As we stare down the possibility of a recession, it’s time to consider which consumer stocks to sell.
Americans are now being thriftier than they have over the past year. Consumers are trading down and that is putting pressure on the U.S. economy which is heavily dependent on consumer spending. In turn, that has created a class of consumer stocks to sell at all costs .
Consumers remained about as pessimistic in April as they were in March regarding the overall economy. And in March consumer spending declined for the first time in two years.
That indicates that consumers are now far more cautious than they were before. The inflationary environment poses a real threat to Americans and the stocks that depend on strong American consumer trends.
If you’re holding any of these consumer stocks to sell, it’s time to think about getting out.
Home Depot (HD)
If that happens it will be the first time since 2009 that Home Depot has experienced a top-line contraction on an annual basis.
Home Depot’s sales contracted by 4.2% to $37.3 billion in the first quarter. During the same period net earnings decreased from $4.2 billion to $3.9 billion.
It’s a clear indication that big-ticket spending is showing sure signs of cracking. That’s perhaps an indication that higher-income consumption is beginning to face serious fiscal realities.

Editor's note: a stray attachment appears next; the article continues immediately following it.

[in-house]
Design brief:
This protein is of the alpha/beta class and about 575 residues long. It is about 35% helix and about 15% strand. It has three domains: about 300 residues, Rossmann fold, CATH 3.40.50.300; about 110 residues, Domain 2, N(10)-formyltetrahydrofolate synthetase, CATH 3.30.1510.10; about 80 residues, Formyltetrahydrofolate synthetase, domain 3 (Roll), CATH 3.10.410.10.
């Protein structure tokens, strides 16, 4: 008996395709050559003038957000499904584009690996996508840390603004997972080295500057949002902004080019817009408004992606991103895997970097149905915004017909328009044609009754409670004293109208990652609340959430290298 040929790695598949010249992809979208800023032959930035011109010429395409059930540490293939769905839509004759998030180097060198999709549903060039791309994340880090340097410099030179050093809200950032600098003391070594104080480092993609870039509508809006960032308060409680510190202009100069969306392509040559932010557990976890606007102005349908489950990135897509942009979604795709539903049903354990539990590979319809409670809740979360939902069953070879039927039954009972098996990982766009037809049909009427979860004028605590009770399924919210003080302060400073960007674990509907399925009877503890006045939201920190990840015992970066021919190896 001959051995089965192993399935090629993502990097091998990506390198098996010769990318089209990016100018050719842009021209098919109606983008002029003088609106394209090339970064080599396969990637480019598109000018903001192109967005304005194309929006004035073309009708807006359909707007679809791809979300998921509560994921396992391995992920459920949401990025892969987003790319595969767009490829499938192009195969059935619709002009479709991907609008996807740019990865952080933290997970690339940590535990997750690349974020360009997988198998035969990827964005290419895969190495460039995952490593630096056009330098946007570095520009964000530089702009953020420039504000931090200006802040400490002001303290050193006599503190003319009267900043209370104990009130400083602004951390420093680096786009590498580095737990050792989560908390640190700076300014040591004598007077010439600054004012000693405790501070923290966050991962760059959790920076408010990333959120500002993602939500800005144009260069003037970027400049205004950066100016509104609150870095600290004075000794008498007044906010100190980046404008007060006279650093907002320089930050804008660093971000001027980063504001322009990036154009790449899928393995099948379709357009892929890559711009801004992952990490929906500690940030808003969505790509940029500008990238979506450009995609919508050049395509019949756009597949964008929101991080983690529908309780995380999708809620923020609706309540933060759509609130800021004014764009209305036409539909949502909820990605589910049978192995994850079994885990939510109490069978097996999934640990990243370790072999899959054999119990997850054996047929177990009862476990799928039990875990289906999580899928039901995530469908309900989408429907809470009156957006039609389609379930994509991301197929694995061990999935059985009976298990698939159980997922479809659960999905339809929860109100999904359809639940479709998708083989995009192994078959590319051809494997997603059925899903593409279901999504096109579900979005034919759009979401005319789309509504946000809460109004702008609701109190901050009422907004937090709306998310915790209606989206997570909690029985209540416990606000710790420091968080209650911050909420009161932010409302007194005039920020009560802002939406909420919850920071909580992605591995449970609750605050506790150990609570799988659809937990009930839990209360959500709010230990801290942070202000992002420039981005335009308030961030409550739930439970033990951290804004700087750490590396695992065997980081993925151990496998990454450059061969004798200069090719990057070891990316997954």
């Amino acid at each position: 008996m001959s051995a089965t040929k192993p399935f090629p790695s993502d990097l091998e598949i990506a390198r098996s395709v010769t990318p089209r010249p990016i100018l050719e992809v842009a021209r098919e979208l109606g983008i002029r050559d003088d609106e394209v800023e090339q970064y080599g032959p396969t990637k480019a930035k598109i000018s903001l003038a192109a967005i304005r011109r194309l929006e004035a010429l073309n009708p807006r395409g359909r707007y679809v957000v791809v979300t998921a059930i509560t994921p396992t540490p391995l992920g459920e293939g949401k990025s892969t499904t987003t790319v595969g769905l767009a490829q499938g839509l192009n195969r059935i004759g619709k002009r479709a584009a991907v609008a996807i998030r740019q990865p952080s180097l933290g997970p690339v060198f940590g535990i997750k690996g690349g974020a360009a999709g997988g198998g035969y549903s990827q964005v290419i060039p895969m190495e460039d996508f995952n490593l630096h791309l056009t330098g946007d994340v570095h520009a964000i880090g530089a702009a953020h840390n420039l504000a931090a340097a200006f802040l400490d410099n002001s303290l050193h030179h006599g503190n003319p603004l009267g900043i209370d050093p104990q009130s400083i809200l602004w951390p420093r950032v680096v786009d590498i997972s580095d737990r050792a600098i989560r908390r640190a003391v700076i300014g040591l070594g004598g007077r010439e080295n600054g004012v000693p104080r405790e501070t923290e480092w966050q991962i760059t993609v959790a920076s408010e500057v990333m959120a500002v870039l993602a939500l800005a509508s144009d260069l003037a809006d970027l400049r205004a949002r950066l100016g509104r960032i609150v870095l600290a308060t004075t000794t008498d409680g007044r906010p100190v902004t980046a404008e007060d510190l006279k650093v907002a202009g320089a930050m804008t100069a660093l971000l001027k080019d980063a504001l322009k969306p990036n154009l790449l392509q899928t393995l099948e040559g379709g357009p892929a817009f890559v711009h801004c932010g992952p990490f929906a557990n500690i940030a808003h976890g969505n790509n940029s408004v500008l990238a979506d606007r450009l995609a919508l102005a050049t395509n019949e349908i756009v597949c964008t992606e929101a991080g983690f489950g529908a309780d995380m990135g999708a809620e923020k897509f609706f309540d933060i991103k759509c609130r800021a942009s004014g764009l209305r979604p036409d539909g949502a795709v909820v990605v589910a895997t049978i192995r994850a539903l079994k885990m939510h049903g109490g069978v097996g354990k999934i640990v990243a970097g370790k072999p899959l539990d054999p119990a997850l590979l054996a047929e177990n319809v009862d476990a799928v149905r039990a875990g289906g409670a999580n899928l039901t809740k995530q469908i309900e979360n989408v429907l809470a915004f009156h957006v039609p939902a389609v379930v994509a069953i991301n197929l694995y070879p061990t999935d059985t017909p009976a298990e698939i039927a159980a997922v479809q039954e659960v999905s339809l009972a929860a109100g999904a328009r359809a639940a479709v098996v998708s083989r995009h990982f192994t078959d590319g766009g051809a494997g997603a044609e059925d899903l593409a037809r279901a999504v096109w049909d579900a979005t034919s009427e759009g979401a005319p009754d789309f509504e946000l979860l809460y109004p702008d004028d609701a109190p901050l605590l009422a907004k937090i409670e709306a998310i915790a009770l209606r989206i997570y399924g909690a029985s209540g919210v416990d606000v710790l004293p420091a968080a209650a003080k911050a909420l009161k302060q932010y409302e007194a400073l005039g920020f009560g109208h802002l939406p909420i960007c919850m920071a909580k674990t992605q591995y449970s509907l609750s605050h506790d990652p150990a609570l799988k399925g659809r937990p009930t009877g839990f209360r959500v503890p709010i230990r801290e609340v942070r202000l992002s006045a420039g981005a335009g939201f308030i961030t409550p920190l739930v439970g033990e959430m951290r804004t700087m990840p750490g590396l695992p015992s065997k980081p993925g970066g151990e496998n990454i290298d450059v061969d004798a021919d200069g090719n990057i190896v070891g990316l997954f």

The fact that Home Depot is expecting to shrink for the first time since the emergence from the last recession is worrisome. Home Depot may be a canary in the coal mine for the excessively low-interest rates that prevailed since the last recession 2007/2008.
Booking Holdings (BKNG)
Booking Holdings (NASDAQ:BKNG) stock looks far better than it is because of the post-pandemic halo effect but it’s one of the main consumer stocks to sell while you can.
A cursory glance at its earnings report from early May suggests an extraordinarily attractive company.
Bookings increased 44% to $39.4 billion in the first quarter. And revenues increased 40% to $3.8 billion. But what benefits you one moment can be the same thing that ends up hurting you later. That thing is the pandemic response.
Booking Holdings suffered severely as the pandemic shuttered everything grinding travel to a halt.
The company benefited dramatically as the country exited the pandemic and travel spending spiked, but it was arguably a poor pandemic response that created the money for travel at all.
I expect Booking Holdings will face a situation where that spending swings wildly soon. March saw spending contract. That’ll show up in BKNG stock in Q2 earnings and the pandemic halo will be gone.